‘Never ending war’ and ‘the enriching of Parliament-men’: MPs and corruption in the 1640s

In the second of two blogs from Dr Vivienne Larminie, editor of our Commons 1640-1660 project, here attention is turned to accusations of corruption and financial incentives in the Parliaments of the 1640s… In the 1630s the venom-filled pen of pamphleteer William Prynne had excoriated the court of Charles I for what he regarded as immorality and corruption. But by the later 1640s, a seemingly … Continue reading ‘Never ending war’ and ‘the enriching of Parliament-men’: MPs and corruption in the 1640s

‘Queen Mary’, Queen Elizabeth and Parliament in the 1640s: suspicion, solidarity and nostalgia

As Queen Elizabeth II celebrates a milestone 70 years on the throne this month, we have been thinking about the relationships that other Queens throughout history had with Parliament. In 1625 Charles I married French Princess Henrietta Maria, but his Consort faced heavy comparison to other female monarchs, as Dr Vivienne Larminie from our Commons 1640-1660 project explains… The breakdown in relations between Charles I … Continue reading ‘Queen Mary’, Queen Elizabeth and Parliament in the 1640s: suspicion, solidarity and nostalgia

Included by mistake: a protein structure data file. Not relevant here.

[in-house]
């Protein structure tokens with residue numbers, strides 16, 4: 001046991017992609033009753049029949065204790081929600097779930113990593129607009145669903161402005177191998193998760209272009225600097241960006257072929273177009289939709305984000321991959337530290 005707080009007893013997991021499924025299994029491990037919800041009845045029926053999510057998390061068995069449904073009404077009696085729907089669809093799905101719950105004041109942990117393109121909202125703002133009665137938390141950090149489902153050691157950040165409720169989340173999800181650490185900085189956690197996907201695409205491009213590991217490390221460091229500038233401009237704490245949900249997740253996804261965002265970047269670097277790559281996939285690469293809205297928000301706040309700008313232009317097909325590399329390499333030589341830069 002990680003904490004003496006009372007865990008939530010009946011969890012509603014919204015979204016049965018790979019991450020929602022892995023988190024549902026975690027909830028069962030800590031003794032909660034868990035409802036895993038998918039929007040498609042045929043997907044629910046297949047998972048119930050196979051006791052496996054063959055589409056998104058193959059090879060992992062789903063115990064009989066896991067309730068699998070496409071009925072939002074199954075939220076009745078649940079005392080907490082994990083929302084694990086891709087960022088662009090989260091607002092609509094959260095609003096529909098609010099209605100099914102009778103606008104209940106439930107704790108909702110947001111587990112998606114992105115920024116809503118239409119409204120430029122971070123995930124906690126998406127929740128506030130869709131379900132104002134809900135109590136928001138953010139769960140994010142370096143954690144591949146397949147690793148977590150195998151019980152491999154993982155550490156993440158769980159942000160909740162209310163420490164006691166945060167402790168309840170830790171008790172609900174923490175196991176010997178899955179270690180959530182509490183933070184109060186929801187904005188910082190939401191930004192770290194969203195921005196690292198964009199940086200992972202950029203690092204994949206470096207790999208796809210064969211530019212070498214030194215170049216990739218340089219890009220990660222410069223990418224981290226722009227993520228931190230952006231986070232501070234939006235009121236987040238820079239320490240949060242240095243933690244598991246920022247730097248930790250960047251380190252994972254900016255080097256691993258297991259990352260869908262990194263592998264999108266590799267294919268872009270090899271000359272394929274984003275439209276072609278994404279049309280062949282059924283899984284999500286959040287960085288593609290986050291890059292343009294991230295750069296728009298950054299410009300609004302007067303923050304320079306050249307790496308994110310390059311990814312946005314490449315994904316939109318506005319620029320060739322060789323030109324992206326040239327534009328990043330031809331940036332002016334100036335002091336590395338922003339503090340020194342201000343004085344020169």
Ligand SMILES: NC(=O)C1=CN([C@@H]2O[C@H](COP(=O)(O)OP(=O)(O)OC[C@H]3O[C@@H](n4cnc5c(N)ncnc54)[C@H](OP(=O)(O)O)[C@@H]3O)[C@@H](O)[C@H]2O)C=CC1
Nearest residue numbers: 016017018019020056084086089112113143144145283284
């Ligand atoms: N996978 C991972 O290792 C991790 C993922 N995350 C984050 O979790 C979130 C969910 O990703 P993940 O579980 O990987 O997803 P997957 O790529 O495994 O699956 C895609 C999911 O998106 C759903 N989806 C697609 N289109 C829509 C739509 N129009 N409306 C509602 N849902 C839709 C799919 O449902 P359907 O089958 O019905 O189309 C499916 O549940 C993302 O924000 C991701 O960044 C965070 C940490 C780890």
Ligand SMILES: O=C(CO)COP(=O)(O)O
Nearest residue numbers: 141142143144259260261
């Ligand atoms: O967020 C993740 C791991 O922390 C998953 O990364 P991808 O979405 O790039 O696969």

Silence and Laughter in the Cromwellian House of Commons

On our blog we have often heard about the origins of the many strange and enduring traditions that exist within Westminster. In today’s blog Dr Patrick Little from our Commons 1640-1660 project takes a look at the use of non-verbal reactions within the Cromwellian Commons Chamber… When trying to understand debates in early modern Parliaments, historians rely on diaries: the private journals kept by individual … Continue reading Silence and Laughter in the Cromwellian House of Commons

Plots, petitions, prelates and popery: Parliament and the ‘tumults’ of December 1641

December 1641 was a month of high tension in Parliament, as Dr Vivienne Larminie from our Commons 1640-1660 project explores… It was after fierce debate that on 9 December 1641 MPs expelled three of their number from Parliament. After months of leaks, rumours and investigations, the Commons finally resolved that Henry Wilmot, William Ashbournham and Sir Hugh Pollarde stood accused of misprision of treason, a … Continue reading Plots, petitions, prelates and popery: Parliament and the ‘tumults’ of December 1641

Religion, relief and the ‘slaughtered saints’: foreign aid in the seventeenth century

As modern-day discussions on how best to help nations across the world fight the COVID-19 pandemic continue, in today’s blog Dr Vivienne Larminie from our Commons 1640-1660 project looks into the notion of foreign aid in the 17th century. When, in 1655, a Protestant group faced religious persecution in Europe, the government rushed to their aid… ‘Avenge, o Lord, thy slaughtered saints/ Whose bones lie … Continue reading Religion, relief and the ‘slaughtered saints’: foreign aid in the seventeenth century